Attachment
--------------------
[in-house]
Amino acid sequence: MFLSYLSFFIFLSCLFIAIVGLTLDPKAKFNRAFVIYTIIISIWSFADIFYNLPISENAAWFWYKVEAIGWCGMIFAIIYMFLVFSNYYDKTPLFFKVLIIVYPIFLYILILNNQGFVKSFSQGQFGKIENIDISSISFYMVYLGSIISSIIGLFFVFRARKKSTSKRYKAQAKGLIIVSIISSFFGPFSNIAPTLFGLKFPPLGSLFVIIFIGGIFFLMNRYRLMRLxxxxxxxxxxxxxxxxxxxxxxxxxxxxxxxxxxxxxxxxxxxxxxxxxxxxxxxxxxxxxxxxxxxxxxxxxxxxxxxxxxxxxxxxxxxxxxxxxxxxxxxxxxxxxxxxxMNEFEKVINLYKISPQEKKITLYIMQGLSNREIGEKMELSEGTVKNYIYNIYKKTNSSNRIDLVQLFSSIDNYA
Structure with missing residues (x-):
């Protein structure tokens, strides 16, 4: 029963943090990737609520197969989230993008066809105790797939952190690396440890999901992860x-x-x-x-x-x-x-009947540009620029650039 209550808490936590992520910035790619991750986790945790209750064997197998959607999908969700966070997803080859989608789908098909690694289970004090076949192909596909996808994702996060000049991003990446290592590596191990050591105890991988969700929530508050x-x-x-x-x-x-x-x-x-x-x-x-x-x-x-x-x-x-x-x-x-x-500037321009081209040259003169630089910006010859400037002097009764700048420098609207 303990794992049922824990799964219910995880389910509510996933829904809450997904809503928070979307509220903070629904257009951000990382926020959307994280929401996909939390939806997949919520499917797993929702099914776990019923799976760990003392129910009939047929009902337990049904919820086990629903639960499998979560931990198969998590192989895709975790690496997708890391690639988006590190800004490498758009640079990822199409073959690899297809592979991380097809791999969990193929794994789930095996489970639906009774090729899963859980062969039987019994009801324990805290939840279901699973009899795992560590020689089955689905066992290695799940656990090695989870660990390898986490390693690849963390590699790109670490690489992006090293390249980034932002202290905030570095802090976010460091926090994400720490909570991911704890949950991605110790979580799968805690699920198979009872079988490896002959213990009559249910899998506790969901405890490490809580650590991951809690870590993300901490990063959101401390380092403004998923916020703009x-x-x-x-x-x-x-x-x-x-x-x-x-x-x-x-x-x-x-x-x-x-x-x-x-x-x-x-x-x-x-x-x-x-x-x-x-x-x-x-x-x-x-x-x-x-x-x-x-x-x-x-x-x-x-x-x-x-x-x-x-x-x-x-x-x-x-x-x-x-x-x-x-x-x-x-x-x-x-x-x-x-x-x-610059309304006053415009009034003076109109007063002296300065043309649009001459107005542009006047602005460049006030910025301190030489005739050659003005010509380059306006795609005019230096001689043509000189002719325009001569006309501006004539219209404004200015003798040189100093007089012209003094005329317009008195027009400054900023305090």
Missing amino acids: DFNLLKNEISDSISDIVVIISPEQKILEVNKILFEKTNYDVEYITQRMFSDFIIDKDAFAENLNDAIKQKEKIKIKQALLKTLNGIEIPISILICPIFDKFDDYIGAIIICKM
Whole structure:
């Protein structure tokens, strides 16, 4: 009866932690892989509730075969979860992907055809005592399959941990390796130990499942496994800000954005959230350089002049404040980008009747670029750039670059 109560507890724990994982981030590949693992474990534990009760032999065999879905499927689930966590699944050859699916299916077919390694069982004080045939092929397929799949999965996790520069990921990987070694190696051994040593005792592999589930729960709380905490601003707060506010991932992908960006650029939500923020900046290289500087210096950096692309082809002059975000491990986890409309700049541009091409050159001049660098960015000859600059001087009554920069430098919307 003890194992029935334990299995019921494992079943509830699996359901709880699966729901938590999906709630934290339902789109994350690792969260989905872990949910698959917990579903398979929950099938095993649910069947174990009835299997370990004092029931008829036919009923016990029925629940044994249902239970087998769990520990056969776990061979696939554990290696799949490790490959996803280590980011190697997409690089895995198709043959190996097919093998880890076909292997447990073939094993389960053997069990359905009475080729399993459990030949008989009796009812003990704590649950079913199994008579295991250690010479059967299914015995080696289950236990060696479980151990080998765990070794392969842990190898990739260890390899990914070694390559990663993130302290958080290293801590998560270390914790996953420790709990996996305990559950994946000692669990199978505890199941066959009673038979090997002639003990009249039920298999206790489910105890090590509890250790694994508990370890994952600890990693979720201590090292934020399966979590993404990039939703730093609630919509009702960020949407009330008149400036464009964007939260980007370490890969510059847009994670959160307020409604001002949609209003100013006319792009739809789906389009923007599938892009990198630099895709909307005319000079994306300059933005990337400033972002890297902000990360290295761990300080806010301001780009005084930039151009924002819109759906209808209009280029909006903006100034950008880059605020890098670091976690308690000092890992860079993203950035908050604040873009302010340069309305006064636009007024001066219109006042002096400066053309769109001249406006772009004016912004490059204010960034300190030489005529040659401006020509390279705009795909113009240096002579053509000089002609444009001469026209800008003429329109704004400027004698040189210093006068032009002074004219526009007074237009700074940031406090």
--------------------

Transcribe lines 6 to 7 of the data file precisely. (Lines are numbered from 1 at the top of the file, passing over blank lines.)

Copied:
Whole structure:
């Protein structure tokens, strides 16, 4: 009866932690892989509730075969979860992907055809005592399959941990390796130990499942496994800000954005959230350089002049404040980008009747670029750039670059 109560507890724990994982981030590949693992474990534990009760032999065999879905499927689930966590699944050859699916299916077919390694069982004080045939092929397929799949999965996790520069990921990987070694190696051994040593005792592999589930729960709380905490601003707060506010991932992908960006650029939500923020900046290289500087210096950096692309082809002059975000491990986890409309700049541009091409050159001049660098960015000859600059001087009554920069430098919307 003890194992029935334990299995019921494992079943509830699996359901709880699966729901938590999906709630934290339902789109994350690792969260989905872990949910698959917990579903398979929950099938095993649910069947174990009835299997370990004092029931008829036919009923016990029925629940044994249902239970087998769990520990056969776990061979696939554990290696799949490790490959996803280590980011190697997409690089895995198709043959190996097919093998880890076909292997447990073939094993389960053997069990359905009475080729399993459990030949008989009796009812003990704590649950079913199994008579295991250690010479059967299914015995080696289950236990060696479980151990080998765990070794392969842990190898990739260890390899990914070694390559990663993130302290958080290293801590998560270390914790996953420790709990996996305990559950994946000692669990199978505890199941066959009673038979090997002639003990009249039920298999206790489910105890090590509890250790694994508990370890994952600890990693979720201590090292934020399966979590993404990039939703730093609630919509009702960020949407009330008149400036464009964007939260980007370490890969510059847009994670959160307020409604001002949609209003100013006319792009739809789906389009923007599938892009990198630099895709909307005319000079994306300059933005990337400033972002890297902000990360290295761990300080806010301001780009005084930039151009924002819109759906209808209009280029909006903006100034950008880059605020890098670091976690308690000092890992860079993203950035908050604040873009302010340069309305006064636009007024001066219109006042002096400066053309769109001249406006772009004016912004490059204010960034300190030489005529040659401006020509390279705009795909113009240096002579053509000089002609444009001469026209800008003429329109704004400027004698040189210093006068032009002074004219526009007074237009700074940031406090």